When my patient died, I told a few colleagues who are also my friends. All were sympathetic, but some could tolerate listening to my ruminations for only so long. Suicide is a topic that makes us all uneasy. It’s the psychiatrist’s biggest professional fear and failure, and on top of our own loss, self-recrimination, and regret, we may fear a lawsuit or feel defensive and anxious. I had worried about this patient and had carefully considered the care I provided. There had been numerous hurdles to optimal treatment, and looking back, I could see no obvious breaches of the standard of care. Still, for months afterward, my thoughts kept looping back to what else I might have tried. Yet all my mental machinations won’t bring the patient back to life. A patient suicide can fill us with shame, and we worry that our colleagues will judge us to be inadequate. The stigma associated with suicide attaches to the patient, the family, and also the doctor. At times, I’ve felt this suicide was my professional burden to bear alone.
Colleagues who have experienced a suicide told me that attending the funeral and meeting with the family was helpful. But we have no systematized way of coming together to learn from these cases, and no set rituals of our own to mark a death and find a path toward healing.
Days after the death, I attended a professional event and felt disingenuous as I made small talk, never mentioning the recent cataclysmic event in my professional life. It took some time and distance before I could tell my colleagues that this tragedy had transpired. With some trepidation, I mentioned a “bad outcome” to a couple of distressed patients as part of my plea that they relinquish possession of firearms until their mood improved. It felt unconventional, but I found that “Please do it for me” held some power and shifted the dialogue away from the question of my willingness to trust them.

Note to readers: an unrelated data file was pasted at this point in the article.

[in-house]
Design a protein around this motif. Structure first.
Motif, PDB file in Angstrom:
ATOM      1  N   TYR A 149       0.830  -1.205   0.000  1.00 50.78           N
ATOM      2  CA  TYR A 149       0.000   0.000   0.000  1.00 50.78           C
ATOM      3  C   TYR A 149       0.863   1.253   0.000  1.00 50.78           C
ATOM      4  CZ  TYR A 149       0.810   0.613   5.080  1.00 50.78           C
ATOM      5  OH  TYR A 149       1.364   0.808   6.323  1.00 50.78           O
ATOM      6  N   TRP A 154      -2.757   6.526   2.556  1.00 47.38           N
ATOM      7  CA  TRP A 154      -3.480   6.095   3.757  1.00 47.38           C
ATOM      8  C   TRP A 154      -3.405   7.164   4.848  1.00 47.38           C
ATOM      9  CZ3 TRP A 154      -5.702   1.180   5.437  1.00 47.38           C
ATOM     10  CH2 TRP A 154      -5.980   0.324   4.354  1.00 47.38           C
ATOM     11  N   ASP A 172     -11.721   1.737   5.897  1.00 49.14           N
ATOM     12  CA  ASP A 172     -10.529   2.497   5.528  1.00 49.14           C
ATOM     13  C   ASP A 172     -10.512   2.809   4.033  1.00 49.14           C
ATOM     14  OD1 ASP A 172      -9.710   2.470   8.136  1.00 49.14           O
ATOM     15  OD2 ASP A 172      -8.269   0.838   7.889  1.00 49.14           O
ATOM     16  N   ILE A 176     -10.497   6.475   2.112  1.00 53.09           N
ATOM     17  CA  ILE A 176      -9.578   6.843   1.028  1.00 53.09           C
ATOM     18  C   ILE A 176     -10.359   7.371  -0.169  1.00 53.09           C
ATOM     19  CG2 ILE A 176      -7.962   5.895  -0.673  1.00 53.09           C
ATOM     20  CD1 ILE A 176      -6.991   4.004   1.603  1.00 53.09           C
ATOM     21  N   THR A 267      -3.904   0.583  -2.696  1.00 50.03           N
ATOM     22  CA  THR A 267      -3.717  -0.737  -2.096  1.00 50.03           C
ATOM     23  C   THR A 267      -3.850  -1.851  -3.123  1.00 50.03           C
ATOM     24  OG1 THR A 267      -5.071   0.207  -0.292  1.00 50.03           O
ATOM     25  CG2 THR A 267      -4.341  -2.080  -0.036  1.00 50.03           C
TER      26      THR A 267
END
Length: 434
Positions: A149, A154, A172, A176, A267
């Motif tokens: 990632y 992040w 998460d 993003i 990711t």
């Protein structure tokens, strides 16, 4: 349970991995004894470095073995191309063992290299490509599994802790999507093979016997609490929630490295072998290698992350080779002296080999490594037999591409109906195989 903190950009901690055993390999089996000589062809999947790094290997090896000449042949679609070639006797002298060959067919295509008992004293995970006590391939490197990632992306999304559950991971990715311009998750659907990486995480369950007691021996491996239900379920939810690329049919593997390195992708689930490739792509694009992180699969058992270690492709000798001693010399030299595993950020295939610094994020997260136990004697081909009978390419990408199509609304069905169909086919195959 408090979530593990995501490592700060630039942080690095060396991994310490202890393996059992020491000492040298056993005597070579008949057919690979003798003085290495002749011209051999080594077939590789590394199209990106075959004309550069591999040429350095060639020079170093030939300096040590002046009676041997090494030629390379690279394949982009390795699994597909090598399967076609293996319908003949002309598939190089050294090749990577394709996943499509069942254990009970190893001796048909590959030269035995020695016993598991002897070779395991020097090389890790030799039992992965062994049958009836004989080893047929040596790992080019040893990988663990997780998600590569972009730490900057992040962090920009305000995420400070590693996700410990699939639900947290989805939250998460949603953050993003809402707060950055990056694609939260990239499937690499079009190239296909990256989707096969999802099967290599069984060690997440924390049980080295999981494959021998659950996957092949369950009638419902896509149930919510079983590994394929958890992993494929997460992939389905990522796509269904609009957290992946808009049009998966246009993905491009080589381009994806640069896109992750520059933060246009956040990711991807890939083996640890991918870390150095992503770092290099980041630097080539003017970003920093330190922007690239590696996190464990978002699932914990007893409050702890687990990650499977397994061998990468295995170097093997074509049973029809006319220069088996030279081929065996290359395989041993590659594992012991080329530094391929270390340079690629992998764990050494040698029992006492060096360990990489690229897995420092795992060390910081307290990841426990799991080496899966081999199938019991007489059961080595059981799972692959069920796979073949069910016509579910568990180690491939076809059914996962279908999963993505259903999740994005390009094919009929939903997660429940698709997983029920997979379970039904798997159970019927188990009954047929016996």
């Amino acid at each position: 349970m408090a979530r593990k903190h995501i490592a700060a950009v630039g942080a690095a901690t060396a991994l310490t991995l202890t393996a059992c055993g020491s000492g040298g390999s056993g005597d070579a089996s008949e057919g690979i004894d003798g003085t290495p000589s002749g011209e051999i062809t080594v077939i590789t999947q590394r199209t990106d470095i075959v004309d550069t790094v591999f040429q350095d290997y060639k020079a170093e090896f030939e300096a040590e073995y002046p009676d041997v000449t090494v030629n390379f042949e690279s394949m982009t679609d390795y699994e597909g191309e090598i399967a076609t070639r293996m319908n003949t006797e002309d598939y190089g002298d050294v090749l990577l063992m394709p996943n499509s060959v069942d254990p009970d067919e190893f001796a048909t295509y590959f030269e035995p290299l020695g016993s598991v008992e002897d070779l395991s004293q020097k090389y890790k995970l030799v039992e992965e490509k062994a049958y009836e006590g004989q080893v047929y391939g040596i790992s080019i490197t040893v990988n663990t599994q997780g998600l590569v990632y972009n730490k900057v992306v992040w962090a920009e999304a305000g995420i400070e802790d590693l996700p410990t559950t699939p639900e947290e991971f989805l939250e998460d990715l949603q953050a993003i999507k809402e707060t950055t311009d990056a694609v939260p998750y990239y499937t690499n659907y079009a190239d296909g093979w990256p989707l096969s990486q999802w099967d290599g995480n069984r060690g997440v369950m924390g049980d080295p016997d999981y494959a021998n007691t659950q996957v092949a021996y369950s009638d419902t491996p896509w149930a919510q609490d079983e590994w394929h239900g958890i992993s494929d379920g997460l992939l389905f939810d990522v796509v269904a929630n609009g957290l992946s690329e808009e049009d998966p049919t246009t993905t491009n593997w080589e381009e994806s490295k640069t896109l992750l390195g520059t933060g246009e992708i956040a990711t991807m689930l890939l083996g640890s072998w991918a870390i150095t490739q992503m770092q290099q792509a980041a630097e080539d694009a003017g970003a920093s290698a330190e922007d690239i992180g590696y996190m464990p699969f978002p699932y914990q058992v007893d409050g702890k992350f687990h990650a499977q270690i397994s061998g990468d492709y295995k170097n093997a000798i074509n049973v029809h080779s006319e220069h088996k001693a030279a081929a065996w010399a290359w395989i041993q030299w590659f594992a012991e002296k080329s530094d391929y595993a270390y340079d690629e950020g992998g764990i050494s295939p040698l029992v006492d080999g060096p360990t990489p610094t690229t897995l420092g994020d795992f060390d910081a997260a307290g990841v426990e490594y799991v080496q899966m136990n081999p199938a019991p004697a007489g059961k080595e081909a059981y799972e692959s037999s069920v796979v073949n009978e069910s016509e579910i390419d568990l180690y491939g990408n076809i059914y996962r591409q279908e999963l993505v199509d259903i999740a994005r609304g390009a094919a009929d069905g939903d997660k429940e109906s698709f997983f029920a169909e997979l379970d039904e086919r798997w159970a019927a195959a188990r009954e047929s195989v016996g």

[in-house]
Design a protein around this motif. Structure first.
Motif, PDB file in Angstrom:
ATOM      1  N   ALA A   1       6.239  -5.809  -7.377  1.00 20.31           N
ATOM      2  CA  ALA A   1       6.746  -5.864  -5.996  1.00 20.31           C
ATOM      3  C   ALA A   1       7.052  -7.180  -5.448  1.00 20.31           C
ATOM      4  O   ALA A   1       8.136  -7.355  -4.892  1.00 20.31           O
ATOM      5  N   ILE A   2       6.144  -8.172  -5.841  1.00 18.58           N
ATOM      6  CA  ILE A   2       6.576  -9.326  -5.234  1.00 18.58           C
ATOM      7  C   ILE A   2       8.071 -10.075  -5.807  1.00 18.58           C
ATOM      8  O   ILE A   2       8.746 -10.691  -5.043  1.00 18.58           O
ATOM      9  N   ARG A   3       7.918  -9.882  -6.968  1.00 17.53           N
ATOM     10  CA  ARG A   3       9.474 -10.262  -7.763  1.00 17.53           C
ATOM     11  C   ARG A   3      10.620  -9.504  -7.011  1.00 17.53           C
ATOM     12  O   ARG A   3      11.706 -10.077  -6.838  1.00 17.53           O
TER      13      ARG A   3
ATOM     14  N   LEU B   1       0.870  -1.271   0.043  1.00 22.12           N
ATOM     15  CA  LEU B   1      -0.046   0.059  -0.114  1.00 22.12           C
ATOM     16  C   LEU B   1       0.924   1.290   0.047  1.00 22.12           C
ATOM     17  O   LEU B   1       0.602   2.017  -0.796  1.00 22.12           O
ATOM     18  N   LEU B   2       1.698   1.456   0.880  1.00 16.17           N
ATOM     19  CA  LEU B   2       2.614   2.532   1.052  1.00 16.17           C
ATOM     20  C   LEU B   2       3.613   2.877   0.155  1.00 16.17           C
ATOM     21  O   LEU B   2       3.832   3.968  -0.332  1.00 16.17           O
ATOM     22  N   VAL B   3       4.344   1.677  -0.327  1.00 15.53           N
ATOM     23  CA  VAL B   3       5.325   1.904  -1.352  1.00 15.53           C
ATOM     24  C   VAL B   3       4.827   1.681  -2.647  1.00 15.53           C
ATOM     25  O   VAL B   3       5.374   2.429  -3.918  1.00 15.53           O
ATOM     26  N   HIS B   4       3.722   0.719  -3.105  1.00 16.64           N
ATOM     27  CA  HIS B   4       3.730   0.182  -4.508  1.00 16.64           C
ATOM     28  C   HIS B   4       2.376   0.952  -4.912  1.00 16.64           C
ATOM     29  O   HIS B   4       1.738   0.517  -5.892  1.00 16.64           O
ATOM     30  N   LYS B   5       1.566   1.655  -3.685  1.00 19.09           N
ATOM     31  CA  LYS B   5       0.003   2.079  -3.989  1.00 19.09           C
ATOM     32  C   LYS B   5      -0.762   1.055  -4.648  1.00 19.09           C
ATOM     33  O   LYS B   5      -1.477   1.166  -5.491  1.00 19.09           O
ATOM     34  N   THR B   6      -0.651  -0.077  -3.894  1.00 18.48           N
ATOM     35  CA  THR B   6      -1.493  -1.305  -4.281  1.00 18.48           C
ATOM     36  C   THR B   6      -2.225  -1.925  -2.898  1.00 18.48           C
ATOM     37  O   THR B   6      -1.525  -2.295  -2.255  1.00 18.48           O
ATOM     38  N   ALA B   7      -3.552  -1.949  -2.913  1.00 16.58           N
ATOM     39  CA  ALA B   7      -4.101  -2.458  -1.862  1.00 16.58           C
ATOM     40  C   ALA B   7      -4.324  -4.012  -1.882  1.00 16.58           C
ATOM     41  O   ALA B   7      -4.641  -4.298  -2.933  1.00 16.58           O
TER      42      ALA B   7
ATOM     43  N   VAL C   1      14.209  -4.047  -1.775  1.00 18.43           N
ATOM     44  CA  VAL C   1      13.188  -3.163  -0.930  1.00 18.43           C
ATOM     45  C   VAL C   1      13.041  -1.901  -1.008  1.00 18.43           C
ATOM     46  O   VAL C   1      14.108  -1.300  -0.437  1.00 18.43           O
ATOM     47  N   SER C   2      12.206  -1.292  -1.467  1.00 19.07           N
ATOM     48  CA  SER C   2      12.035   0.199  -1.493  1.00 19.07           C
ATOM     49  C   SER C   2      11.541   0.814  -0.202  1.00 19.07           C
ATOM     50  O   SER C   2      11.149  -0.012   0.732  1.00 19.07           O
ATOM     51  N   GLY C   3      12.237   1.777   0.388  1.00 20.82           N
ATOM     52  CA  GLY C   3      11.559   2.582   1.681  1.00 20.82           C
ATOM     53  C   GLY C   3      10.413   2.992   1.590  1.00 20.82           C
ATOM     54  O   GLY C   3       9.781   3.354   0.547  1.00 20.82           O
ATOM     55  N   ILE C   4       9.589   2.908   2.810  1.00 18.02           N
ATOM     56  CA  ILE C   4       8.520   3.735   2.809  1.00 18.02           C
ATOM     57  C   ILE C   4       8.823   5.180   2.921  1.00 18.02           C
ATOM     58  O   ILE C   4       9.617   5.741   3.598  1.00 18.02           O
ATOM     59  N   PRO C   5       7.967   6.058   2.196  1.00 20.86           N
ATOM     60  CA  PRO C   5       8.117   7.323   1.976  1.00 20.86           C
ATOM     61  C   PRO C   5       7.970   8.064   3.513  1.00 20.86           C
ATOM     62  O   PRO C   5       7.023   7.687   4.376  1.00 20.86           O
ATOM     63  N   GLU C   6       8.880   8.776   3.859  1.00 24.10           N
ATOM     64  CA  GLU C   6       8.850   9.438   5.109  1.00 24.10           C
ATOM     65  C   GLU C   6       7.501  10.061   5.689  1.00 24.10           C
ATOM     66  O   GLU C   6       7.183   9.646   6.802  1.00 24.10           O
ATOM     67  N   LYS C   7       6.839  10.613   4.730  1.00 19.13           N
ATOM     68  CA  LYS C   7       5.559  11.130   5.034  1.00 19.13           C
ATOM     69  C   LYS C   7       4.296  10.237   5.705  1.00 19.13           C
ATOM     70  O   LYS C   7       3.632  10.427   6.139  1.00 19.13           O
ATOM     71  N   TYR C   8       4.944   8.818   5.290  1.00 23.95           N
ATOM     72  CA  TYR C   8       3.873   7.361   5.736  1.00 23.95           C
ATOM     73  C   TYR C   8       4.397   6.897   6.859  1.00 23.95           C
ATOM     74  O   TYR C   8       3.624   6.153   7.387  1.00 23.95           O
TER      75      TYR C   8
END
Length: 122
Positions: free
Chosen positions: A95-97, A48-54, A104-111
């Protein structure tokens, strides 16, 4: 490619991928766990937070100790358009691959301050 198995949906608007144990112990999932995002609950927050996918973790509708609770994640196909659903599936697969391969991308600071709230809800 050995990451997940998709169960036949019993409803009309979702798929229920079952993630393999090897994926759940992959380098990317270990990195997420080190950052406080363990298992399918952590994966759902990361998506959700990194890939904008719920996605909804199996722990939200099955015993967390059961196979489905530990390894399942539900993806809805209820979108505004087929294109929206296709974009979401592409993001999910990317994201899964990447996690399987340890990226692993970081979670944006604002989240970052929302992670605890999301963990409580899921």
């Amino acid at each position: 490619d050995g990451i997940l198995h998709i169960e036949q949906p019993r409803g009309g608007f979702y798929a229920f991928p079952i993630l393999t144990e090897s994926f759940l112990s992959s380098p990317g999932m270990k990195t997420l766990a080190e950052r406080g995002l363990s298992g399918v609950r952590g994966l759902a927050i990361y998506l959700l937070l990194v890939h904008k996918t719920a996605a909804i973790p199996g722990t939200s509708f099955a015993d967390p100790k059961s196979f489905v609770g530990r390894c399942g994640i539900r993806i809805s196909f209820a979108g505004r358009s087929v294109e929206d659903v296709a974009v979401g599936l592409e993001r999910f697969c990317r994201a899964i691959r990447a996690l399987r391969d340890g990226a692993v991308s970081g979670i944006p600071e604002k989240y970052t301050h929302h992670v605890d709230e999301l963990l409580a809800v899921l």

I am still figuring out how to quiet my haunting emotions. For quite some time, I would wake up with my dead patient front and center in my mind, and we traveled together through the days. My sadness for the family remains immense. My feelings as a doctor are complicated by the fact that this particular patient had not followed my treatment recommendations and so my sadness is mixed with anger — yet somehow it feels wrong to be angry with a dead person who had suffered so deeply.
I am working my way back to being the psychiatrist I was before. At first, I felt anxious about taking on new patients and about ongoing treatment with my high-risk patients. Psychiatry is a gratifying specialty, and it’s not unusual for patients to verbalize their appreciation for the care they have received. After the suicide, I found such exchanges difficult; after all, keeping people alive had always been key to my understanding of what it is to be a good doctor, and every time a patient expressed gratitude I thought of my patient who died. I am left with the nagging questions of whether I can trust my own intuition about when a patient is safe and whether I can trust my patients to be forthcoming. I had treated this patient for only a short time; I can’t imagine the intensity of the grief I would feel if a patient I’d cared for for years were to lose this battle.
After a celebrity suicide, the media tends to reduce the solution to a singular message: Get help. But sometimes getting help and being identified as a person at risk are simply not enough. Sometimes we do everything possible and patients still choose to end their lives.
Suicide affects not just psychiatrists but also physicians in all specialties. As we tackle a tragedy that touches so many, I hope we can also lift the barriers that keep us from addressing our own anguish.
From the Johns Hopkins School of Medicine, Baltimore.